When we hear the word Playboy, the iconic image of a silhouette of a rabbit wearing a tuxedo bow tie springs to mind. Hugh Hefner, founder of Playboy magazine (known for its centrefolds of naked women), was a self-made man who created a fantasy for legions of men from his kitchen table.
The classic red velvet jacket over black silk pyjamas and velvet slippers is a signature look that Hefner was known for. With a fancy cigar in one hand and a crystal glass of scotch on the rocks in the other, he had an infinite supply of women offering their bodies and worshipping at the altar of the Playboy Mansion. Hefner became a sex and style icon extraordinaire for men everywhere.
His death may be the only death in history where no one will say, “He’s in a better place now.”
Playboy Enterprises, created in 1953 during sexual conservatism, impacted the sexual revolution and brought sexual freedom.
“Racism, war, bigotry, but sex itself, no. What a sad cold world this would be if we weren’t sexual beings… I mean, that’s the heart of who we are”
The first ever issue was sold in December 1953 featuring Marilyn Monroe as a centrefold and on the cover. The Hollywood icon was in life as she is in death a sex symbol and a muse.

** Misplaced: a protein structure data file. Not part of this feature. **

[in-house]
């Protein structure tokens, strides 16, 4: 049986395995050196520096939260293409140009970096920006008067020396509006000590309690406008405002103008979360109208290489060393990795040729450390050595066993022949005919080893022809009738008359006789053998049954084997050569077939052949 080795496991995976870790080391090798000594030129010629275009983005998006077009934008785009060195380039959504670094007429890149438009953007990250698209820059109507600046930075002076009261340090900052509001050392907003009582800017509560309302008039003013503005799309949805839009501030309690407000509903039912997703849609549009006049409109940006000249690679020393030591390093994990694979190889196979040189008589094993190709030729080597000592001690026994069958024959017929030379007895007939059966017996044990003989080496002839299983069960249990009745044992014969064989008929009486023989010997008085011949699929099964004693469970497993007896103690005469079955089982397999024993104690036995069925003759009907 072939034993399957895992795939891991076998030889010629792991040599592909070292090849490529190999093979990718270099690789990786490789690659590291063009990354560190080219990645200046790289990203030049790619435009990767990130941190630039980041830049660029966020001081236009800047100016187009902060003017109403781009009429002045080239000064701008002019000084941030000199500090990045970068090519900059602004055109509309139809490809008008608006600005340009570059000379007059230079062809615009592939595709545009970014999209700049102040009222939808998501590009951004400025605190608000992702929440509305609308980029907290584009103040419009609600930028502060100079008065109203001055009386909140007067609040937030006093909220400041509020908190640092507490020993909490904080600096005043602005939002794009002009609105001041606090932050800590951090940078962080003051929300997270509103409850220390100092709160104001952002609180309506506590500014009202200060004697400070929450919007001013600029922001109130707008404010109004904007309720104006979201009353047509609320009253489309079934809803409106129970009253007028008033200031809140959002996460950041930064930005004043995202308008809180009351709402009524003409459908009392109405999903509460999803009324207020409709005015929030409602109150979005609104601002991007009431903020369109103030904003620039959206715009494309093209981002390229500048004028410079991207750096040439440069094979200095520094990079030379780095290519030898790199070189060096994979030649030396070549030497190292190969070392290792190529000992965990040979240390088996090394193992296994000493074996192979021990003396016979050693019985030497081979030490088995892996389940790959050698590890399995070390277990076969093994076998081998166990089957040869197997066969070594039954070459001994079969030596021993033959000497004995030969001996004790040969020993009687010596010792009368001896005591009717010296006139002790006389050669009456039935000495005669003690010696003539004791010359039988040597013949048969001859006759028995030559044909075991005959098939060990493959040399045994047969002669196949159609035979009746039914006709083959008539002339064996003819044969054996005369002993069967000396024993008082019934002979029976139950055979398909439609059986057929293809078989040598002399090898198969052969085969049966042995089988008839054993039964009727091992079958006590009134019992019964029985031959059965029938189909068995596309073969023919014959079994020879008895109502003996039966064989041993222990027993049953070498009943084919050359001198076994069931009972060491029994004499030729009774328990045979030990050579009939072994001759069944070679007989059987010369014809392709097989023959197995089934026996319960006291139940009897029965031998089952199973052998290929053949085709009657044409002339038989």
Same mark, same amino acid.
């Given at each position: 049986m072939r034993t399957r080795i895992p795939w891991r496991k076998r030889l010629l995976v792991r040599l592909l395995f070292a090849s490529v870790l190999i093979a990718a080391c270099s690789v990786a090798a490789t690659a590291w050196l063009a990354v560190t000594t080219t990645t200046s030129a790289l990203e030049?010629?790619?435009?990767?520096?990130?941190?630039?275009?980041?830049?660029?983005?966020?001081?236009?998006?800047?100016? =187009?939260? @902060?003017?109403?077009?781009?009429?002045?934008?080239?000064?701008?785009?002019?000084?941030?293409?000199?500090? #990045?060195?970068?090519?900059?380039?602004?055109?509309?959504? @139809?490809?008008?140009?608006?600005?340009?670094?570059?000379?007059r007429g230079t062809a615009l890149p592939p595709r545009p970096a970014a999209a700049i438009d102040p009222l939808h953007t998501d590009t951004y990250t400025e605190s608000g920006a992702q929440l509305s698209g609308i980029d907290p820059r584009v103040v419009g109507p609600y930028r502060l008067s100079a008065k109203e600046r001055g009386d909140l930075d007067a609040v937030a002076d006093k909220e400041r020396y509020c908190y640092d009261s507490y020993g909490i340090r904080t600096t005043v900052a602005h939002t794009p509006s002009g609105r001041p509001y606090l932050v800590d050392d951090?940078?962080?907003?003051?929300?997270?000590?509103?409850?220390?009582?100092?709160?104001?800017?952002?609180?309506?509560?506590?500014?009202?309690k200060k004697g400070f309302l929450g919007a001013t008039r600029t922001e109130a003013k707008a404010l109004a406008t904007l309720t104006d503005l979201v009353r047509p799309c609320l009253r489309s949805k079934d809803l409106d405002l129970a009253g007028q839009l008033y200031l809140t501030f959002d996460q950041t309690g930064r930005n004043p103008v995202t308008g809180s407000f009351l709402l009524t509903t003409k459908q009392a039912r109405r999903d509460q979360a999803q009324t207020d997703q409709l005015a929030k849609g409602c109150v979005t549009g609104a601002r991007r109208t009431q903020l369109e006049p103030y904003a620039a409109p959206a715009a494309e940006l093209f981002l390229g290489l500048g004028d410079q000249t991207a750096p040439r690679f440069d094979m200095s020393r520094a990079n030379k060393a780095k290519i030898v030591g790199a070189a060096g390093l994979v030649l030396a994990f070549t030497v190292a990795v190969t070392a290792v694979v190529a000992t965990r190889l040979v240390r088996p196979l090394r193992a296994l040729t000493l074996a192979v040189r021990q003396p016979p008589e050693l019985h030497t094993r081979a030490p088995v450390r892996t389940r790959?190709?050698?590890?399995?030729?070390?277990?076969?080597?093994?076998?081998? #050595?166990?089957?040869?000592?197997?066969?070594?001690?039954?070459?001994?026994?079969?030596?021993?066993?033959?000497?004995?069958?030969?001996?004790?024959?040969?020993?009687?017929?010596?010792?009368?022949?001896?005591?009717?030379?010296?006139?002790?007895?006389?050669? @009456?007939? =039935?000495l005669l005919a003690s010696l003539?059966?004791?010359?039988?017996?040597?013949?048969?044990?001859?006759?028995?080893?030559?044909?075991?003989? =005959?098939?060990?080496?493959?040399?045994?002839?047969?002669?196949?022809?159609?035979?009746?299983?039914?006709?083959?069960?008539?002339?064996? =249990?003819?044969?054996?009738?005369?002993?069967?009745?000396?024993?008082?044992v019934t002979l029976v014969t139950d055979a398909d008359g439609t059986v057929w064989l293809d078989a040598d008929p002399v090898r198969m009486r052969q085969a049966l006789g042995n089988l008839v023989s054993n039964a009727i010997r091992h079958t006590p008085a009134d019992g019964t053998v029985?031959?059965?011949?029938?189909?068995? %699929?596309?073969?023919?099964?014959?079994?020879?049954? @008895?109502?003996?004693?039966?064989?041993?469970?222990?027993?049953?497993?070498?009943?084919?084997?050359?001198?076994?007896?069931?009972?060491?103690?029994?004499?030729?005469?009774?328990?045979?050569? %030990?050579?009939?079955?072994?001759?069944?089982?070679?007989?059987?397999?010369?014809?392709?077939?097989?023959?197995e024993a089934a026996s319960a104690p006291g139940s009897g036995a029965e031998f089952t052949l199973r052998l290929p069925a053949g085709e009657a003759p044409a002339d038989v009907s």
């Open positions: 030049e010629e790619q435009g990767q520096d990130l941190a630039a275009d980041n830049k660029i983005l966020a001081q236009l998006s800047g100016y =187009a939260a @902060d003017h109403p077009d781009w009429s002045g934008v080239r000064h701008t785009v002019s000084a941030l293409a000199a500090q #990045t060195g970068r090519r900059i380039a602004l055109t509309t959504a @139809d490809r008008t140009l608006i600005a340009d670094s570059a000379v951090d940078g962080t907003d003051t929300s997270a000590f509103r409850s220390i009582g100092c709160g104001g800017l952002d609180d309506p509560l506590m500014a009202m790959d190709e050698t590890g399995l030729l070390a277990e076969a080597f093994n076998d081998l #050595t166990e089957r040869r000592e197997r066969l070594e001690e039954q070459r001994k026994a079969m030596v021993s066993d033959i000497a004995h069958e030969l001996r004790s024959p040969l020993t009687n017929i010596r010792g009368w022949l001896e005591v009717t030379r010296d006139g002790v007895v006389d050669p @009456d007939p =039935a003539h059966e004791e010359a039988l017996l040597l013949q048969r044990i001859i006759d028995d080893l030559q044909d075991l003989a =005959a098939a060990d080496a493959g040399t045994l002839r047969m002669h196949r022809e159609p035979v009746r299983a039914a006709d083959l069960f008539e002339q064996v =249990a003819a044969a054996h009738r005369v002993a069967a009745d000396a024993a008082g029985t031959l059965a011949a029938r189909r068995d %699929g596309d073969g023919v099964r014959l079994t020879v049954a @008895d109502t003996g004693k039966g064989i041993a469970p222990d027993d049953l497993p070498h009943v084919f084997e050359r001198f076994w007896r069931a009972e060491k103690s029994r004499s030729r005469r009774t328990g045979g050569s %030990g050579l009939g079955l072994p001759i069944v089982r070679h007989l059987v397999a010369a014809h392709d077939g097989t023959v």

Since then, many actresses, models, and singers have posed as cover girls.
Playboy was the first ever magazine to put a black woman on the cover when no other magazine would.
However, there has always been controversy following the Playboy Era. Feminists claim Hugh Hefner is responsible for creating the ‘Pseudo Hef’ type: a man who idolises the lifestyle of collecting and disposing of women’s bodies like objects.
Holly Madison, star of The Girls Next Door, released a tell-all memoir called Down the Rabbit Hole: Curious Adventures and Cautionary Tales of a former Playboy Bunny. She shined a light on what life was really like in the Mansion.
“There are two sides to every coin and even the most fantastic fairytale has a dark underbelly.”
She reveals that sex with Hefner was an unsaid requirement, a price that must be paid in exchange for a lavish decadent lifestyle of fancy food and expensive clothes.
“Hefner blurred the lines of consensual sex when he persuaded the bunnies to take Quaaludes before joining him in an orgy.”
In 1963, Gloria Steinman, an American feminist, journalist and social-political activist, went undercover posing as a Playboy Bunny. She said that models were treated like disposable objects and forced to undergo painful beauty procedures such as being forced to wear excruciating body contouring costumes.
Though it may be the end of an area, the iconic Playboy Bunny will always live on.